Why I share my weight loss story
“Jodi, I just wanted to tell you that I love how you can speak about topics that people like us (obese) are thinking about but just find it too difficult to say. You’ve been there and you know how it feels, you tell it like it is because you are real and not like one of those people that we see on a TV show. After hearing your story about the reason why you decided to start walking and eating better, I realized I need to make changes too. This is the first time in my life that I feel I can lose weight without dieting, just like you did. I’m going to start walking today and I’m not giving up. When you said “NO EXCUSES” it really hit me. I’m not using them anymore. I’m gonna do this! Thank you.”
Those are words I live for, they mean so much to me. Motivating and helping others who are currently living the life that I once did and giving them hope is the best feeling ever!
There are hundreds of comments that I’ve heard that are very similar to the one mentioned above, and even though it’s been over ten years that I’ve been receiving remarks such as these, they still bring a smile to my face. You see, I know that ANY person living an obese life can make changes and lose weight successfully; but it isn’t always easy for others to realize that. It’s one reason why I talk so openly about my previous life as a morbidly obese individual. It’s difficult for me at times, often taking an extra effort for me to hold back any tears, but I tell myself that if I can help another individual, it’s worth it.
I’d rather wipe my tears while telling my life story, possibly saving a life, instead of keeping a dry eye and saying nothing.
You see, I realize that the majority of the overweight population would not feel comfortable revealing information that they most likely consider embarrassing. In fact, before I lost my weight, the thought of telling others that I wore size 24 pants or weighed almost 300 pounds would have made me cringe! No, it’s not always easy revealing all the details of how I felt about myself when I was morbidly obese. Wow, even as I type those words today, it’s still difficult to use them for describing my past size; morbidly obese … those are unpleasant words, aren’t they?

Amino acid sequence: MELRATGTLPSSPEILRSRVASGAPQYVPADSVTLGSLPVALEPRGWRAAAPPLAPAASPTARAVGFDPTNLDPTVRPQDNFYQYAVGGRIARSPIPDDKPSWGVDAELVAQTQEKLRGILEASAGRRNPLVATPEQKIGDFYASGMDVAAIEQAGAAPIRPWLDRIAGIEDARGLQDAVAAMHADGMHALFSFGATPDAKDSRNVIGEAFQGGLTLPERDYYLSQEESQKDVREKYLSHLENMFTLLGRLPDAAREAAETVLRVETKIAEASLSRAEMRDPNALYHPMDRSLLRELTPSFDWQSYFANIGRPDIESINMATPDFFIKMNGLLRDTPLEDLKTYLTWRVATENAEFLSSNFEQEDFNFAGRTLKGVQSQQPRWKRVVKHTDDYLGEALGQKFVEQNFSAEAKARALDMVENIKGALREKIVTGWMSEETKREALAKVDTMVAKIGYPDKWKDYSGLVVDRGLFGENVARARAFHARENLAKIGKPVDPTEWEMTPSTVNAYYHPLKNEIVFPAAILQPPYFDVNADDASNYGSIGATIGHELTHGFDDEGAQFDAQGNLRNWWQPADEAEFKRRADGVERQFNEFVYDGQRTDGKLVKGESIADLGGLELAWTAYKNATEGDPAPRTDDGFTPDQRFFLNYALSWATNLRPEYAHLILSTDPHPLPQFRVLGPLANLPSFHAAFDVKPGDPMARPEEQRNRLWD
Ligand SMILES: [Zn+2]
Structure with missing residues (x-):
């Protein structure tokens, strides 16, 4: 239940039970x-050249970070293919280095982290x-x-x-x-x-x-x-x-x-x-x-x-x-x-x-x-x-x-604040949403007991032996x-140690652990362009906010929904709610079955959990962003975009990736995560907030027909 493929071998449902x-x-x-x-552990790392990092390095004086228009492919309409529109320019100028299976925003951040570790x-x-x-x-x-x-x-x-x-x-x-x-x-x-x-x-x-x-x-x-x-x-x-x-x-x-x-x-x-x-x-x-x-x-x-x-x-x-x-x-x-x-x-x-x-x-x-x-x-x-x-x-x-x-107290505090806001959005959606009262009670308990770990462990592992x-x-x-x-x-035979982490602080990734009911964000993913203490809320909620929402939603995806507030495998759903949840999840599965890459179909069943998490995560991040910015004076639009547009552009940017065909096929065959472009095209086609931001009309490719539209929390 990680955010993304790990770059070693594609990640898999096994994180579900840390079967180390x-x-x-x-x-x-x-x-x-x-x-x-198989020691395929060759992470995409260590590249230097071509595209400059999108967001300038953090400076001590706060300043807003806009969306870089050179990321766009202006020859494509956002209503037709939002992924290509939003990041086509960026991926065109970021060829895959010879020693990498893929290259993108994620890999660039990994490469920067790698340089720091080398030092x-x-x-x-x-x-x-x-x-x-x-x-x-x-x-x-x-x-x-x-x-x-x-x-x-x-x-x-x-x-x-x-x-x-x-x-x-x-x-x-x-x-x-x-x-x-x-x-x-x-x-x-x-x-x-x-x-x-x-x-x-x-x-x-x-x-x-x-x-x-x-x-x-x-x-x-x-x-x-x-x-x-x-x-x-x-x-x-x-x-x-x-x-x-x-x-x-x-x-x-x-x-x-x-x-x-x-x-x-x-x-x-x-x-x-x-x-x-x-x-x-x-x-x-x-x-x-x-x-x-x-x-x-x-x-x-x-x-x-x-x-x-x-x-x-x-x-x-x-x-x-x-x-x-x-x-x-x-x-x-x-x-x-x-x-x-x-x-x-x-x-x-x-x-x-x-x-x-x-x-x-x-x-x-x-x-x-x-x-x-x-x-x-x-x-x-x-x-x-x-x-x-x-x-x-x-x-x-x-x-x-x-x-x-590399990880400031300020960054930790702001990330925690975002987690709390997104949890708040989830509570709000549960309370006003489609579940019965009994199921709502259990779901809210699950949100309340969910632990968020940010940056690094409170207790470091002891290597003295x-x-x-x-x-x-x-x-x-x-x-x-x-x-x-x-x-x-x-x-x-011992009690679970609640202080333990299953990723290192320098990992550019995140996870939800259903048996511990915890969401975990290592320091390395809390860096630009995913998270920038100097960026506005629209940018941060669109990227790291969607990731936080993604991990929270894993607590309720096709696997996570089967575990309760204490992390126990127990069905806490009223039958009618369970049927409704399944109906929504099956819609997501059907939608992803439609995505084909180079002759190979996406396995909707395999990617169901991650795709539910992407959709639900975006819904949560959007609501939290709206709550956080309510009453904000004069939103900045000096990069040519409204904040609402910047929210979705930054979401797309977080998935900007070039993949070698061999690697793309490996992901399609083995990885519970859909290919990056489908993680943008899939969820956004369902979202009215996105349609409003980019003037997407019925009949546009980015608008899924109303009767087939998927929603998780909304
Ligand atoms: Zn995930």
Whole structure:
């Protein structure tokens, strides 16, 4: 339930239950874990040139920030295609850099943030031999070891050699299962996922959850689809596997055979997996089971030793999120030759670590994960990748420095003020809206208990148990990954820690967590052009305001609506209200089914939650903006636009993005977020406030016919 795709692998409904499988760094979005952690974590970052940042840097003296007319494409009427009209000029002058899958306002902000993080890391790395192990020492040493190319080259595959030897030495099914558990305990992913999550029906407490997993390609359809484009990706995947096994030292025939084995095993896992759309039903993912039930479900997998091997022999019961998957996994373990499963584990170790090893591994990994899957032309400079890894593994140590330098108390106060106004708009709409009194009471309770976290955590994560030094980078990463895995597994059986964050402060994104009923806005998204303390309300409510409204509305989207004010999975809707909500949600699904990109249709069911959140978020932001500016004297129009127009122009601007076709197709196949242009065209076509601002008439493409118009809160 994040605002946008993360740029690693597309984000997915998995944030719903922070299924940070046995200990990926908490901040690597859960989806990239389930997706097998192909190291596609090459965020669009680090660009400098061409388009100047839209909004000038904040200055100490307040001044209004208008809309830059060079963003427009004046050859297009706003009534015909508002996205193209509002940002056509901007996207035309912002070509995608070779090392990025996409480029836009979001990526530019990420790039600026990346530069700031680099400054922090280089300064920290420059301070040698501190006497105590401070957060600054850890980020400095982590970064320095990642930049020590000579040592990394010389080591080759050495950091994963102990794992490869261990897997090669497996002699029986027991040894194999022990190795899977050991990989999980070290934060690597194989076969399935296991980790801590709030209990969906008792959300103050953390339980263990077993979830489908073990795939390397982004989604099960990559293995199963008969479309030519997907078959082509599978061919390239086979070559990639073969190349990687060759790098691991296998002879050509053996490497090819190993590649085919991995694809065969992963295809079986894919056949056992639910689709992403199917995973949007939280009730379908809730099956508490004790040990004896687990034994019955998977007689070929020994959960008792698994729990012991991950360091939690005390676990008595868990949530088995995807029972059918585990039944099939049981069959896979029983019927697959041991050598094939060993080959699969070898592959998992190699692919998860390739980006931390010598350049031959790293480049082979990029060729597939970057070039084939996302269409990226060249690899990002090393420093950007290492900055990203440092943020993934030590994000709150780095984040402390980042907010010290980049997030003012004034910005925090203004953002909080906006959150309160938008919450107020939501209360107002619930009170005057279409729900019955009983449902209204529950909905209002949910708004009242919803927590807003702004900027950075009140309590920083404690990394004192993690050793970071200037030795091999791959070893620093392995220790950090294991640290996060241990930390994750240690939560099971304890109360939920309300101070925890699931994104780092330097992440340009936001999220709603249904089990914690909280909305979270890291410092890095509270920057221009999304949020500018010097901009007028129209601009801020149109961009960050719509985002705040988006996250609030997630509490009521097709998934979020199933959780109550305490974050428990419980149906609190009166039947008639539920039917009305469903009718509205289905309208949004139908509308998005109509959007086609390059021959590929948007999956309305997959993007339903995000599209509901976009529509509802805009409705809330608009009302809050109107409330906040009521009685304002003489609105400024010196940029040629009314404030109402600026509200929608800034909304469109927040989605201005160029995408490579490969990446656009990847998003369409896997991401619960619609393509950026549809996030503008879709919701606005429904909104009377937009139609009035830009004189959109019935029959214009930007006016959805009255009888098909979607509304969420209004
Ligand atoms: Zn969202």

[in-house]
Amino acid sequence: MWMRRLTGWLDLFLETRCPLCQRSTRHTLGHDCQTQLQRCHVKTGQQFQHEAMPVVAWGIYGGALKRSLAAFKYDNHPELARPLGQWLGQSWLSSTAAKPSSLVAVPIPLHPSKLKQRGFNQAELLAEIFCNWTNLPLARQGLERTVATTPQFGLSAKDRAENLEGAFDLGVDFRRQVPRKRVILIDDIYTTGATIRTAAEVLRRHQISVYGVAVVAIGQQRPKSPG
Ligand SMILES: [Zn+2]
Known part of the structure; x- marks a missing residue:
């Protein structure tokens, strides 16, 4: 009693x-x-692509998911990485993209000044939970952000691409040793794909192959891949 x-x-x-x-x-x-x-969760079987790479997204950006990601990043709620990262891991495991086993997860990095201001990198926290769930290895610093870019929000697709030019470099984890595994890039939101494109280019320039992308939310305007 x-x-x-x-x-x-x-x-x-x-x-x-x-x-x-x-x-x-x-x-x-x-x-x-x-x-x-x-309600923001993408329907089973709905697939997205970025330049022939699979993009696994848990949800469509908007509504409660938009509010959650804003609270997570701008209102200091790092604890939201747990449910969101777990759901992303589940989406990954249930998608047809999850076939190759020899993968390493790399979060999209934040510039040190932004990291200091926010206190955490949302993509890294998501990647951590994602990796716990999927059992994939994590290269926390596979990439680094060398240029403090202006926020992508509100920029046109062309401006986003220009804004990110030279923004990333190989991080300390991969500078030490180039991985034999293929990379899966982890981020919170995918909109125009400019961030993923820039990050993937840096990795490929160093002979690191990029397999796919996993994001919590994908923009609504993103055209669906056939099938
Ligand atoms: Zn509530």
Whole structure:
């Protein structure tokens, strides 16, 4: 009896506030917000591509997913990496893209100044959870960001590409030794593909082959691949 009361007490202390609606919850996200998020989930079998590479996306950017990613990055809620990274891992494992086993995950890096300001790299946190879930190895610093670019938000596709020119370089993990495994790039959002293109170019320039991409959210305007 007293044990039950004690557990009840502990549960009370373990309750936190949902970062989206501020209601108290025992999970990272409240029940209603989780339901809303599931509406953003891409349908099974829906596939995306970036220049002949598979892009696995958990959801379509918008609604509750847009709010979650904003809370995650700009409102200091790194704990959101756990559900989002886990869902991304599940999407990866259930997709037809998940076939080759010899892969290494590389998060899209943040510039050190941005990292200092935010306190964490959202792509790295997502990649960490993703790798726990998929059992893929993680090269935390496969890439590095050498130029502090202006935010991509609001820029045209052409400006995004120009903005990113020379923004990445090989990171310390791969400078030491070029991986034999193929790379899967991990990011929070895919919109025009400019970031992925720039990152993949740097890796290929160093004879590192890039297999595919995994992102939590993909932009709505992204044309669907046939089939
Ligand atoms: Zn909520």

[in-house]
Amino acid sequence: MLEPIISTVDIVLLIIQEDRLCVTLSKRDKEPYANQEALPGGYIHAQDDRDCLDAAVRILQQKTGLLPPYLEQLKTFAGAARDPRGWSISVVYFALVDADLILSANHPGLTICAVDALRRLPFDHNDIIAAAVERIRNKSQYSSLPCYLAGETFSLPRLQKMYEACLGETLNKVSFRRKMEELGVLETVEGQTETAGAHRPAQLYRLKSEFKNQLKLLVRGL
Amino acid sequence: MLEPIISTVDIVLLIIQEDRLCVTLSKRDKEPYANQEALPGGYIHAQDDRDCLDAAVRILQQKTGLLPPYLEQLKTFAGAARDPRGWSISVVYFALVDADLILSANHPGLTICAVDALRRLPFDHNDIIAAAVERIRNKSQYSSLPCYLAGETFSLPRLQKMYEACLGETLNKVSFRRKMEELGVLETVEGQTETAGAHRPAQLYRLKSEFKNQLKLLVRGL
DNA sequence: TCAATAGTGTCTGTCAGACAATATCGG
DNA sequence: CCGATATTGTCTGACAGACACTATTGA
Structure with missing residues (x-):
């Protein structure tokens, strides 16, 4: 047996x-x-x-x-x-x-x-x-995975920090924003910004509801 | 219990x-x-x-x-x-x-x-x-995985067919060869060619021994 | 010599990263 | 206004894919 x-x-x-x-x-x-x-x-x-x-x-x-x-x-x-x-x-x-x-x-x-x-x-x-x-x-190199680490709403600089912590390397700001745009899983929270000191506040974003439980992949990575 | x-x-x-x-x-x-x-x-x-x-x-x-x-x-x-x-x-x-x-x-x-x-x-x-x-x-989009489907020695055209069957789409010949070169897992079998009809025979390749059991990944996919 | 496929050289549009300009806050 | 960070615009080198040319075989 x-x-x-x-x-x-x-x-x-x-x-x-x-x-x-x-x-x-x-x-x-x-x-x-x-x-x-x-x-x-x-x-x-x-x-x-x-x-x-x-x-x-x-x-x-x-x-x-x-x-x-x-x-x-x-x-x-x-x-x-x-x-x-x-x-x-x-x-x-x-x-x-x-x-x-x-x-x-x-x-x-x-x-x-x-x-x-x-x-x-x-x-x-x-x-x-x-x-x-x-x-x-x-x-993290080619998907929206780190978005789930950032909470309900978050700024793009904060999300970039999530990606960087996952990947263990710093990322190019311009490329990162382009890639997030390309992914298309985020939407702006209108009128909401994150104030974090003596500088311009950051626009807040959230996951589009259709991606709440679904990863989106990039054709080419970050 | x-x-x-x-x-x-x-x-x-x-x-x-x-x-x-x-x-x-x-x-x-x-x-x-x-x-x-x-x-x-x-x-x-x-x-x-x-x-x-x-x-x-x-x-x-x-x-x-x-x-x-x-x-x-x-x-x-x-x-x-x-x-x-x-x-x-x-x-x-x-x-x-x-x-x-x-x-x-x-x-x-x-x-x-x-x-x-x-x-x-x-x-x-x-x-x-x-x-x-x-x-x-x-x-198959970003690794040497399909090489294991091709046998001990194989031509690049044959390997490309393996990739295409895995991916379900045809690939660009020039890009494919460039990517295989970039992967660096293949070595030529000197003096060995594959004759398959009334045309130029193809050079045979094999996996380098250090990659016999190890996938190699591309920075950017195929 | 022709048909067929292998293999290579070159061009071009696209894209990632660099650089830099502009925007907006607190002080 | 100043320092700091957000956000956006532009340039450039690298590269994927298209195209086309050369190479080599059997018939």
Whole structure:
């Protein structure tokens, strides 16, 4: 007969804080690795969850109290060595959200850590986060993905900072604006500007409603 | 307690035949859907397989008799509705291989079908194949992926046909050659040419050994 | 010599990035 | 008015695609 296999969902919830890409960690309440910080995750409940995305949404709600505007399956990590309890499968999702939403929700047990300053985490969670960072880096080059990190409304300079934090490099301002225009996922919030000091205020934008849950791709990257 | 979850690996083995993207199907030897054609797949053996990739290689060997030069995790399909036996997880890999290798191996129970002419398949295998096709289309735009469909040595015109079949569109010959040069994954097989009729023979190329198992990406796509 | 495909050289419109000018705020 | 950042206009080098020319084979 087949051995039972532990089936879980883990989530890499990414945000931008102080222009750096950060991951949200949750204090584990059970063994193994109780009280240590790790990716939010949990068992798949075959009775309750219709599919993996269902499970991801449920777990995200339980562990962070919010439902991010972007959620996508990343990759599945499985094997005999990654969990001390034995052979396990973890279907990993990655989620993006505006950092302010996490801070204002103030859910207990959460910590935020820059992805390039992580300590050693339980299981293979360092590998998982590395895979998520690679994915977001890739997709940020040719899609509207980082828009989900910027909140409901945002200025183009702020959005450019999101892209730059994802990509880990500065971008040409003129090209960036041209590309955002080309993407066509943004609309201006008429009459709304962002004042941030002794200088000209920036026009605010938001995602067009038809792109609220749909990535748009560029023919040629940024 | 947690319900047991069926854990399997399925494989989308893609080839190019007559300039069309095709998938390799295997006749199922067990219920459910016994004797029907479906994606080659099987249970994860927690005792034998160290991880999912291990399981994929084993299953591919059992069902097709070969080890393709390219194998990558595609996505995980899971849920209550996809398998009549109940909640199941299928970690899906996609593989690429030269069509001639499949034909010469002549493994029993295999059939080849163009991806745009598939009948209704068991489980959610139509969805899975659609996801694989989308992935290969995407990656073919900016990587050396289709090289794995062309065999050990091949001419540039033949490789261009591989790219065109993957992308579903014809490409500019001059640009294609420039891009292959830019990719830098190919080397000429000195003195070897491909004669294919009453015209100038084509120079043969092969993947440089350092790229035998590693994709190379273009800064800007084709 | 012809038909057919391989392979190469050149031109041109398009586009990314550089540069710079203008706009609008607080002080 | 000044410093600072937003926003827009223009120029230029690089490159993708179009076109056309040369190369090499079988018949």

Yet, now I will talk openly about how I didn’t like looking in a full-length mirror, having my photo taken or being videotaped because I felt that I always looked like a “fat cow!” I will admit that I once worried about fitting into a seat at an amusement park, theater, airplane or squeezing behind a booth in a restaurant… no, it wasn’t easy! I tell how I feared walking past a crowd of people because I assumed they would laugh at me behind my back. I discuss how I dreaded having to shop for clothes to fit my extra-large body, especially when I knew it was close-to-impossible to do; and, I talk about how much I worried about my kids being embarrassed by their mom’s size and having to be seen in public with me.
But the more I talk about these things, the easier it gets. When I hear: “Wow, you really understand,” coming from another morbidly obese person who is struggling to lose weight just like I was for 25 years, I can show them an ever-so-slight smile and inform them “Yes, hun, I really do.”
Then the hug that often follows conversations such as these is always very special to me as they allow both of us to feel that we have connected.
I wonder … have I connected with you yet? I surely hope so, but if not I will continue to put forth every effort to do so – your good health is my ultimate goal because I really do care!